Navigating DC’S “CBE” Preference Program for Contractors

Establishing a successful small business in today’s economy can be a challenge. The District of Columbia offers a program that can be a boon to any small business wishing to secure work with District agencies: the Certified Business Enterprise (“CBE”) program. The CBE program’s history dates back to the mid-1970’s and is now monitored by the District of Columbia Department of Small and Local Business Development (“DSLBD”). Businesses which qualify as CBEs are awarded “preference points” that boost their chances of being awarded District-based contracts.

ELIGIBILITY AS A CBE. To be eligible for CBE certification, a business must demonstrate that it is a bona fide District-based business or a “local business enterprise.” This means the business must maintain its principal office in the District and its Chief Executive Officer and highest level managerial employees must work from that office and perform their managerial functions in that office. In addition, the applicant business must meet one of four other standards: more than 50% of its assets must be present in the District; more than 50% of its total sales or revenues must derive from transactions taking place in the District; more than 50% of its employees must be District residents or more than 50% of the owners must be District residents. There are eight categories of CBE-designated businesses, each of which provides the qualifying business with a certain number of preference points when bidding on District contracts (note that a CBE cannot be awarded more than 12 preference points when bidding on any contract). The eight different categories (with the number of preference points awarded for each) are:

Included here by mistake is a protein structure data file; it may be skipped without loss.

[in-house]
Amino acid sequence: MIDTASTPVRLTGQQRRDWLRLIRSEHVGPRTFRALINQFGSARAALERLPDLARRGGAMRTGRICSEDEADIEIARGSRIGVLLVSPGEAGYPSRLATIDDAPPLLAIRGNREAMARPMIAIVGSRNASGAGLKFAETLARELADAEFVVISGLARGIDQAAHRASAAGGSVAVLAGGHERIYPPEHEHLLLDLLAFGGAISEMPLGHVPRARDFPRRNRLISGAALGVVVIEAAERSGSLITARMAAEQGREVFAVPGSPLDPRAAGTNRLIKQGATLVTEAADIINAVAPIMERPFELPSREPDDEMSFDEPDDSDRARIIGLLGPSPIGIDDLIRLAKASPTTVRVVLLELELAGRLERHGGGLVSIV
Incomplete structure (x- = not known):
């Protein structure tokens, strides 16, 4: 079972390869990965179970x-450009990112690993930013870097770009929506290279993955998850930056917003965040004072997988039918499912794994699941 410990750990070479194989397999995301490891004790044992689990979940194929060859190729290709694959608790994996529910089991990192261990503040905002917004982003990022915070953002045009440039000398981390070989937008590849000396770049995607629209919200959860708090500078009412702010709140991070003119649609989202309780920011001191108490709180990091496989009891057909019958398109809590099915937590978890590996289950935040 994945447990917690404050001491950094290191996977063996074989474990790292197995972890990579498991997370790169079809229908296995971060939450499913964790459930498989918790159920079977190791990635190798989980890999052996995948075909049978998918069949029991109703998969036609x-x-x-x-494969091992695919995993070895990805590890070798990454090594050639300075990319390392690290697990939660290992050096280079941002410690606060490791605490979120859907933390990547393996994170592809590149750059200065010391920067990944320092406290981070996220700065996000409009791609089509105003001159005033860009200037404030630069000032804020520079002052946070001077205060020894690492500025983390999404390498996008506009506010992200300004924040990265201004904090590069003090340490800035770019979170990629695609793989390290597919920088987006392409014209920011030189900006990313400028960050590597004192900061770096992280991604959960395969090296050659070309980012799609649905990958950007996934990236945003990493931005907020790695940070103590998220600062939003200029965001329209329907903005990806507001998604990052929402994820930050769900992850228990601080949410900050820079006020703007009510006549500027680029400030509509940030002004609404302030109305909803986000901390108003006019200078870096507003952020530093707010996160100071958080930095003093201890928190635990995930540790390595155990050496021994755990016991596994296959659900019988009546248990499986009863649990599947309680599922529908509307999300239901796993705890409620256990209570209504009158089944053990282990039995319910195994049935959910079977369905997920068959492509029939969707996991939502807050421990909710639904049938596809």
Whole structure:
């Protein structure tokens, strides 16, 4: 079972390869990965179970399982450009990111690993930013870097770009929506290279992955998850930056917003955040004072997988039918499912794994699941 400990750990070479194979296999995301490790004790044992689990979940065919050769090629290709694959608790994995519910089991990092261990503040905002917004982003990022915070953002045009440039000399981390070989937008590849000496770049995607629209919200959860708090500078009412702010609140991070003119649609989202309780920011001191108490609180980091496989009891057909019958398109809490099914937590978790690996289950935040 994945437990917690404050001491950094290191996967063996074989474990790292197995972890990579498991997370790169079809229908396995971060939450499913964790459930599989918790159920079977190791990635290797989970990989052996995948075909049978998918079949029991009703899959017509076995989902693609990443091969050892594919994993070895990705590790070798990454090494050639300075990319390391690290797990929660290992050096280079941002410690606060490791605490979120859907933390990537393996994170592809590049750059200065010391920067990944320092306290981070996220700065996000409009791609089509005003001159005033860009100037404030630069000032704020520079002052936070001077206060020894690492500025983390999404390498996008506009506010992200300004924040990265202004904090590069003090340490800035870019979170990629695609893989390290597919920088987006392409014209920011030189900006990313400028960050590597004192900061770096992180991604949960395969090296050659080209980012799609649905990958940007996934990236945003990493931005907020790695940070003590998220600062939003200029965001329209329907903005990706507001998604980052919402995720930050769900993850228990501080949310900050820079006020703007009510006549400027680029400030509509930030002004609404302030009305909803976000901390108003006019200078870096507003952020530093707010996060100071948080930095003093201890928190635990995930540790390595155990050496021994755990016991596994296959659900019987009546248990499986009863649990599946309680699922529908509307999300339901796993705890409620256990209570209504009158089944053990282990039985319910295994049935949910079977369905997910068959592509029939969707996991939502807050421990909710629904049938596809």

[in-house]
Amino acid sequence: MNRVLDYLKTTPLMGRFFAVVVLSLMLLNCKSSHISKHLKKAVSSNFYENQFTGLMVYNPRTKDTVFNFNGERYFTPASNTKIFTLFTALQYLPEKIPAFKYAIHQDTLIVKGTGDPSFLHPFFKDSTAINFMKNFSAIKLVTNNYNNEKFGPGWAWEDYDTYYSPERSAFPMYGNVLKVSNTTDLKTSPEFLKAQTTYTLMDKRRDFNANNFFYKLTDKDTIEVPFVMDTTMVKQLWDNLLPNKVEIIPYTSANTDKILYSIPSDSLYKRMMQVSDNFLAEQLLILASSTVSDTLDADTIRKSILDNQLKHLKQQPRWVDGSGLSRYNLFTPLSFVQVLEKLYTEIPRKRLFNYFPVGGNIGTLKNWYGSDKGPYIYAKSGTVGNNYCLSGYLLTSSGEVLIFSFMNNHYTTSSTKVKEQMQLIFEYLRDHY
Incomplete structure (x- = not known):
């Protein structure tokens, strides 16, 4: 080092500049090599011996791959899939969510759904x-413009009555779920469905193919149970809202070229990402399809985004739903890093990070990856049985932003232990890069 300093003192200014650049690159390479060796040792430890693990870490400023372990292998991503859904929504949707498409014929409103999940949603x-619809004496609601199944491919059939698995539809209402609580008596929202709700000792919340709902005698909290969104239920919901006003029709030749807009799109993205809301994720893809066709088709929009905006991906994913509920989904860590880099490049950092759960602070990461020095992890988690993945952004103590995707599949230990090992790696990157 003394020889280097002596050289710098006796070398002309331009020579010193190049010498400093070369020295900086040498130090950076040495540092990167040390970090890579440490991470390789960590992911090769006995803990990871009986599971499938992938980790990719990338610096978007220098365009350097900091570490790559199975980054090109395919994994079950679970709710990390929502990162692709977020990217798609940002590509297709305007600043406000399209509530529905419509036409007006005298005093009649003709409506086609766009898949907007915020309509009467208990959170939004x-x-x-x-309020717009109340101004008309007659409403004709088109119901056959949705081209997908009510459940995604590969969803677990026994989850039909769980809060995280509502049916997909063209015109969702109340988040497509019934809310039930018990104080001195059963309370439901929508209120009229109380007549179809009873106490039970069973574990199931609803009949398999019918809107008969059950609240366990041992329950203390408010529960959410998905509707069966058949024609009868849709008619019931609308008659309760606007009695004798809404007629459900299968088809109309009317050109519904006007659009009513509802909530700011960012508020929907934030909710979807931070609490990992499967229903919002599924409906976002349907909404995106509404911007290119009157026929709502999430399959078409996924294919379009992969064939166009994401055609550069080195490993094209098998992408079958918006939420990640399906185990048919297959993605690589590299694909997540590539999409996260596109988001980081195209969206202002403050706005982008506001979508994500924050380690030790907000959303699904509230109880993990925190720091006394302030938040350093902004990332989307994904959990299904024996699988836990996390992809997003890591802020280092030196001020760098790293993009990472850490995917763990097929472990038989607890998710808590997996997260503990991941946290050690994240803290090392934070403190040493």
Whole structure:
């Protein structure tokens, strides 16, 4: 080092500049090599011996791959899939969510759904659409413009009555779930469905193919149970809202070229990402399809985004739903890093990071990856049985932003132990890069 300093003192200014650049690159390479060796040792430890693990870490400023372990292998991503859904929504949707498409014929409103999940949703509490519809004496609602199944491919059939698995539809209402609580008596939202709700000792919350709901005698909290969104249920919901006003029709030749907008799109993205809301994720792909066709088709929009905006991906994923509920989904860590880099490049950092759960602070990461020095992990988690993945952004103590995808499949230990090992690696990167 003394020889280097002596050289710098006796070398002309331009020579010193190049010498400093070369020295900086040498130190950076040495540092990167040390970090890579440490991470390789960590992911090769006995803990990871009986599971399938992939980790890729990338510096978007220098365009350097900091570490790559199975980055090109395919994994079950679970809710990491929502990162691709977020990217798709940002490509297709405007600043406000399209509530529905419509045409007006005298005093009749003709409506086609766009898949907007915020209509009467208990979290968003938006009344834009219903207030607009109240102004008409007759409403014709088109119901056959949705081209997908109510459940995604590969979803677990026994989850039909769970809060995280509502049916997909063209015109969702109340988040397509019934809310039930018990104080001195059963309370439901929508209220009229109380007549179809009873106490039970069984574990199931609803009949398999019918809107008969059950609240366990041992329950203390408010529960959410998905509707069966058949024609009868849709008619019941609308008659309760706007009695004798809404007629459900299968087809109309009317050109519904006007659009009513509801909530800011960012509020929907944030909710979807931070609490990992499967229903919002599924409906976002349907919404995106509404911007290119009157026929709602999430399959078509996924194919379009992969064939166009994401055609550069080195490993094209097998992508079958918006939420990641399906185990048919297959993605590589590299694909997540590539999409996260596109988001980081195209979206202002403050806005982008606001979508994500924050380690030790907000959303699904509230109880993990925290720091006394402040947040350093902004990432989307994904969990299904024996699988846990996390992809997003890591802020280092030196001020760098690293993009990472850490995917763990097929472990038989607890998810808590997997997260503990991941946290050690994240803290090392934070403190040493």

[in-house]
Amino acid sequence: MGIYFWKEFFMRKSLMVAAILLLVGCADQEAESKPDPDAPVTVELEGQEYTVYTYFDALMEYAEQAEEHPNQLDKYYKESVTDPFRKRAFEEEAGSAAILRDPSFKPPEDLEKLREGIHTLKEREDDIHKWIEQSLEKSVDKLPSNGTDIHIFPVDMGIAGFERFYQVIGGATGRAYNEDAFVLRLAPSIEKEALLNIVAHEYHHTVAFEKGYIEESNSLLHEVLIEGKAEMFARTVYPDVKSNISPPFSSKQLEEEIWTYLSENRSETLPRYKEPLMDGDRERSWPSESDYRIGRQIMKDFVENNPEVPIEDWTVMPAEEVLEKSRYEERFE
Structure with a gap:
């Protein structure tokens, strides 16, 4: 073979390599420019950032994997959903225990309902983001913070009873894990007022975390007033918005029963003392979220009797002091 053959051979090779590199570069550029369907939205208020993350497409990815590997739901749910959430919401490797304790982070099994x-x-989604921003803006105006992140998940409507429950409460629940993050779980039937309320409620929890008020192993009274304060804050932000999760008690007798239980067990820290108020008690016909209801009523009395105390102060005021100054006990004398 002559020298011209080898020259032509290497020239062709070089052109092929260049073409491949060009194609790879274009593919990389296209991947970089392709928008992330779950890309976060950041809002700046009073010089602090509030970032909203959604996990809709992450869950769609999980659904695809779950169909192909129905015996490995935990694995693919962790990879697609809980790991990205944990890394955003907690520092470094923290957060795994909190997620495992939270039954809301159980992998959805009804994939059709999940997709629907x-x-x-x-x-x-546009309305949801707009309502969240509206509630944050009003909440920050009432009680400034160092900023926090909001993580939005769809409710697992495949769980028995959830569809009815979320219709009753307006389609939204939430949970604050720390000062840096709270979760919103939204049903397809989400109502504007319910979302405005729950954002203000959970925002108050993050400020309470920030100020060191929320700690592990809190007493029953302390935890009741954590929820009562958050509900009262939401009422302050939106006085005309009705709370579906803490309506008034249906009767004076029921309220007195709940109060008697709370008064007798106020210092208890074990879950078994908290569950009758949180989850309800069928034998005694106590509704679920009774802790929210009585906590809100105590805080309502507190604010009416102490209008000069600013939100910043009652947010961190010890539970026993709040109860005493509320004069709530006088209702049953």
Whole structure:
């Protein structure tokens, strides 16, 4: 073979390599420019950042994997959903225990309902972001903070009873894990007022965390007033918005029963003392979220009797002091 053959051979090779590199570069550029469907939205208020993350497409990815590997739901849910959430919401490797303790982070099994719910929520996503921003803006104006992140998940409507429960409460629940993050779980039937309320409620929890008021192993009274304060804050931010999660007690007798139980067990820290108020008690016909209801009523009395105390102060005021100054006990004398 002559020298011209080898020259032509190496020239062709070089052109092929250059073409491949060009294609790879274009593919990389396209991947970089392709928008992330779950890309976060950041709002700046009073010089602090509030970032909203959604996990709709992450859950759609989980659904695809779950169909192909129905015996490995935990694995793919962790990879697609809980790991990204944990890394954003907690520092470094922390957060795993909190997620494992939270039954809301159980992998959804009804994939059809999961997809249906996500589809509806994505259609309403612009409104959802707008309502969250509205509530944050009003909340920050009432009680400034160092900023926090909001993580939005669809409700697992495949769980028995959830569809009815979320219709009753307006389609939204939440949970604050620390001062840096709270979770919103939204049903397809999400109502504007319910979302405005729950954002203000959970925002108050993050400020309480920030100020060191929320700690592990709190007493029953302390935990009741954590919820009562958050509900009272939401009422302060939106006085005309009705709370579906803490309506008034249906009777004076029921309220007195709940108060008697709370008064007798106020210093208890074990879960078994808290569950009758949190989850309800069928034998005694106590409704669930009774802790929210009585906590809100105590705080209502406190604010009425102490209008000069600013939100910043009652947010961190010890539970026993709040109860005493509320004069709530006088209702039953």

Local Business Enterprise (“LBE”)


Small Business Enterprise


Disadvantaged Business Enterprise


Development Zone Enterprise


Resident-Owned Business


Longtime Resident Business


Veteran-Owned Business Enterprise (“VBE”)


Local Manufacturing Business Enterprise (“LMBE”)


WEISS LLP HAS CBE/DSLBD EXPERIENCE. While other firms may represent companies generally, at Weiss LLP, we have many years of experience representing government contractors in general and offer assistance to companies seeking to both secure and retain theirCBE classifications. In one recent case, DSLBD revoked the company’s certification as a CBE; we appealed the decision and convinced the Administrative Law Judge to grant a “stay” of the revocation, allowing the company to keep its contract and reapply for its certification. Keeping the contract was the lifeline of the company’s existence.

NEW LAW – NEW RESTRICTIONS – A NEW MINEFIELD. The Small and Certified Business Enterprise Development and Assistance Amendment Act of 2014, L20-0108, went into effect on October 1, 2014 (“2014 Act”). The 2014 Act significantly amended the previous requirements (“Old Law”) by making significant changes to certification criteria and compliance therewith. The following are a summary of the most important changes made by the 2014 Act, as amended, effective March 11, 2015:

  • Authorizes the District of Columbia Office of Administrative Hearings to hear appeals by CBEs concerning the denial of an application for CBE certification, the revocation of or change to a previously-issued CBE certification or the commencement of an enforcement action against a CBE-certified business. This was the forum discussed above where the “stay” was awarded to our client.
  • Requires a company’s chief executive officer and highest level managerial employees to perform their managerial functions in their principal office located in the District (the Old Law permitted these functions to be performed anywhere in the District).
  • Requires more than 50% of the company’s gross receipts to be derived from transactions occurring in the District.
  • Creates the new VBE and LMBE designations mentioned in above.
  • Extends the CBE certification period from 2 to 3 years for new certifications.
  • Allows DSLBD to impose penalties on businesses that violate the applicable laws.

PROBLEMS? CALL WEISS LLP! Careful adherence to the 2014 Act is essential to secure or keep a company’s CBE certification. Feel free to call Weiss LLP at 202-296-2121 for any questions, comments or problems you may have.